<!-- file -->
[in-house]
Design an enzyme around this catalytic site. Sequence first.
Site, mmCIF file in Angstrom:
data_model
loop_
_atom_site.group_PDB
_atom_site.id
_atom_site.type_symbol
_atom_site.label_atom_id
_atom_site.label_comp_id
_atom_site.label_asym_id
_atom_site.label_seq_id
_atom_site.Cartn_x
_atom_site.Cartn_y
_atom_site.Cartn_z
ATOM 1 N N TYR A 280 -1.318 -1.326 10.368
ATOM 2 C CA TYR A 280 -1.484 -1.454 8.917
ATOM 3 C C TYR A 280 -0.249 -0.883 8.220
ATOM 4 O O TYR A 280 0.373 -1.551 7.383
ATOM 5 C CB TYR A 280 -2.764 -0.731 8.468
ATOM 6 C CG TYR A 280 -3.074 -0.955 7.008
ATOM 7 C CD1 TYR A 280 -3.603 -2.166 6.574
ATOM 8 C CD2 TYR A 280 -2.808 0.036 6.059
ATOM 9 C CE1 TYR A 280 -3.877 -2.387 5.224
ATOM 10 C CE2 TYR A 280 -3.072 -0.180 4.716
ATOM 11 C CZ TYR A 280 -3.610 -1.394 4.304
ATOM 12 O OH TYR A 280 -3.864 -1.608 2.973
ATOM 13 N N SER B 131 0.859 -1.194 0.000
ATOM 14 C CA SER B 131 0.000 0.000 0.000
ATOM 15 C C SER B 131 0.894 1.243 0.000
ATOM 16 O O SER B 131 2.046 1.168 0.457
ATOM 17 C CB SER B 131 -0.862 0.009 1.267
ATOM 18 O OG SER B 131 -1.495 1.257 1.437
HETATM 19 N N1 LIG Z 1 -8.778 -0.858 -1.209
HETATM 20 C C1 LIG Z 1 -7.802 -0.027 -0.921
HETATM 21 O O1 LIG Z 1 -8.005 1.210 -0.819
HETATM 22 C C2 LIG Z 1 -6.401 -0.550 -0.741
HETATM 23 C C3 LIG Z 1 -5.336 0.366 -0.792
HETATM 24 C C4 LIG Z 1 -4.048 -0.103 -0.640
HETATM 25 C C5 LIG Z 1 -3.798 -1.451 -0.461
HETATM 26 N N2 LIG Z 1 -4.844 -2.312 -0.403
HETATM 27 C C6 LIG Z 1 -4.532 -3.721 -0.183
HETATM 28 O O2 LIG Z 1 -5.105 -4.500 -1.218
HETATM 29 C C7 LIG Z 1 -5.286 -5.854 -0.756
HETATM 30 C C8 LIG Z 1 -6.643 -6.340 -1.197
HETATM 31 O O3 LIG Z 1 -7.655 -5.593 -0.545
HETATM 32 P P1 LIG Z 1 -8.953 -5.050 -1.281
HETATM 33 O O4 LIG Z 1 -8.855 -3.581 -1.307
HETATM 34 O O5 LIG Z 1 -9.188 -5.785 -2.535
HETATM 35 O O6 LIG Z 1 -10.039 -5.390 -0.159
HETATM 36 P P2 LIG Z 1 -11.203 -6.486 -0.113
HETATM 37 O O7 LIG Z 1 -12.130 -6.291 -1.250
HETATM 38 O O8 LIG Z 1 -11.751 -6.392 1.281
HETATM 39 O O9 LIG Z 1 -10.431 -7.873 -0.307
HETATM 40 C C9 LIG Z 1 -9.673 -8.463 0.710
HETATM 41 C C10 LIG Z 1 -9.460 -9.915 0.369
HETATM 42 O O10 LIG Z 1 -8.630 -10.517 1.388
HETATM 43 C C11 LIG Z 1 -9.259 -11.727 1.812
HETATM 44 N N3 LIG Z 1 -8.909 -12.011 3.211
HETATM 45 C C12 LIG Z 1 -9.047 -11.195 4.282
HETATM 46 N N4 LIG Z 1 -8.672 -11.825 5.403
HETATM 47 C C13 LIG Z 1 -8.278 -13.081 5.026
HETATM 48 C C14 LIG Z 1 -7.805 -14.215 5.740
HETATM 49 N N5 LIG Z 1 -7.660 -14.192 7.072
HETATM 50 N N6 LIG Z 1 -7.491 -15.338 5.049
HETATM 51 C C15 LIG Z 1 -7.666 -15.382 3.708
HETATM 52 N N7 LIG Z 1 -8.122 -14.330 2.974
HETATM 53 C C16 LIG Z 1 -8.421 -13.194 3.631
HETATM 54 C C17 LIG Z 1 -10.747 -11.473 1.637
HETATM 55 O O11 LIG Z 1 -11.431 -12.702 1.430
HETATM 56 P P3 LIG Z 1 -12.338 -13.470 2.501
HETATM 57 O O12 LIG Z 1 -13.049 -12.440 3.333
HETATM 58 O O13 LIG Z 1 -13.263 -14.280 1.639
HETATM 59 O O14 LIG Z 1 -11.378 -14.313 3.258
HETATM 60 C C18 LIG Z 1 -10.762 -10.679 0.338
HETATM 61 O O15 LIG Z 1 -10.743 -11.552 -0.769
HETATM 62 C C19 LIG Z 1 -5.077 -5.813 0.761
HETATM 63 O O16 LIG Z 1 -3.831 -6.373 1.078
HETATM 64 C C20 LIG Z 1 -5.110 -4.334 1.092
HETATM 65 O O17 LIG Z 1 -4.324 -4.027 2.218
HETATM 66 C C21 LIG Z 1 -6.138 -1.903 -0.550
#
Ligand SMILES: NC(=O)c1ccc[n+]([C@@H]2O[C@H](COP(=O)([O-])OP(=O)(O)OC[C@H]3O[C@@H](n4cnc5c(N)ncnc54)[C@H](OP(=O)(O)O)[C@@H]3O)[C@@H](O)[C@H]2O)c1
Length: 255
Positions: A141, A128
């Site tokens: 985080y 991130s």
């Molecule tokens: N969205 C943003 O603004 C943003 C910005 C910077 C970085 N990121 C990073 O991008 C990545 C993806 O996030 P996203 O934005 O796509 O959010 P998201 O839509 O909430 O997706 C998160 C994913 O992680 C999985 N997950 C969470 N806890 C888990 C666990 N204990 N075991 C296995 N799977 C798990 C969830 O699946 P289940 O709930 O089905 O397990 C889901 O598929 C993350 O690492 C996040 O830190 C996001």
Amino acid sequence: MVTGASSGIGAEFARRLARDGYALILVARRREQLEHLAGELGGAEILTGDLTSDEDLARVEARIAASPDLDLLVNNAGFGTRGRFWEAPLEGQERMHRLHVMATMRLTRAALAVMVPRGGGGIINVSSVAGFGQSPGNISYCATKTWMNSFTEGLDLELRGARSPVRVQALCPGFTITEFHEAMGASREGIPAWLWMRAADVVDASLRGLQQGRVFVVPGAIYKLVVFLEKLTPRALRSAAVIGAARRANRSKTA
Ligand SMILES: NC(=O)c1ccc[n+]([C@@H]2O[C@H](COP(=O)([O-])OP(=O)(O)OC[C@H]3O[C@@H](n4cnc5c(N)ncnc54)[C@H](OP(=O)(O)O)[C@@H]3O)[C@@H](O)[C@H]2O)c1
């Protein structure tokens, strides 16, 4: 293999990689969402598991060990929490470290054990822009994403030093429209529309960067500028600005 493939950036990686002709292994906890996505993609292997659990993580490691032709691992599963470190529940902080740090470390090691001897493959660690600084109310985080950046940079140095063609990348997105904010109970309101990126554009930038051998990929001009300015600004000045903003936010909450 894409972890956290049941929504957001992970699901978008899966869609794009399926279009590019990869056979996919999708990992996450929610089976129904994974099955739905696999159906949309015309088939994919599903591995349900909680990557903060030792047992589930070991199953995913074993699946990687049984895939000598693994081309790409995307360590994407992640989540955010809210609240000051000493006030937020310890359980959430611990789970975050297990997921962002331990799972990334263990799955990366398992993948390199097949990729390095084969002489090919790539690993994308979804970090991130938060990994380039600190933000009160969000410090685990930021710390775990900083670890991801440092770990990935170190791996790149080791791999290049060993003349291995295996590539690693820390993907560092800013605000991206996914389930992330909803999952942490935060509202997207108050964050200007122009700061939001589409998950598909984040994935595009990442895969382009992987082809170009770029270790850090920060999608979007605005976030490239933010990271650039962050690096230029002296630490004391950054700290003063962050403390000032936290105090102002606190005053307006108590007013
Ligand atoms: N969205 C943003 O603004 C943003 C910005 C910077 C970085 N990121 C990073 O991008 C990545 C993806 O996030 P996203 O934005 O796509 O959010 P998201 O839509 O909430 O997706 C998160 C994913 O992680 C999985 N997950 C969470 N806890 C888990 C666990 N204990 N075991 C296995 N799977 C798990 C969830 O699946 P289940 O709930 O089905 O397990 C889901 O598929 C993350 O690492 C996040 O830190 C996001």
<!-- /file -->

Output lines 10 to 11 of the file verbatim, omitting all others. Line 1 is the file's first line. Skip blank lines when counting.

_atom_site.label_comp_id
_atom_site.label_asym_id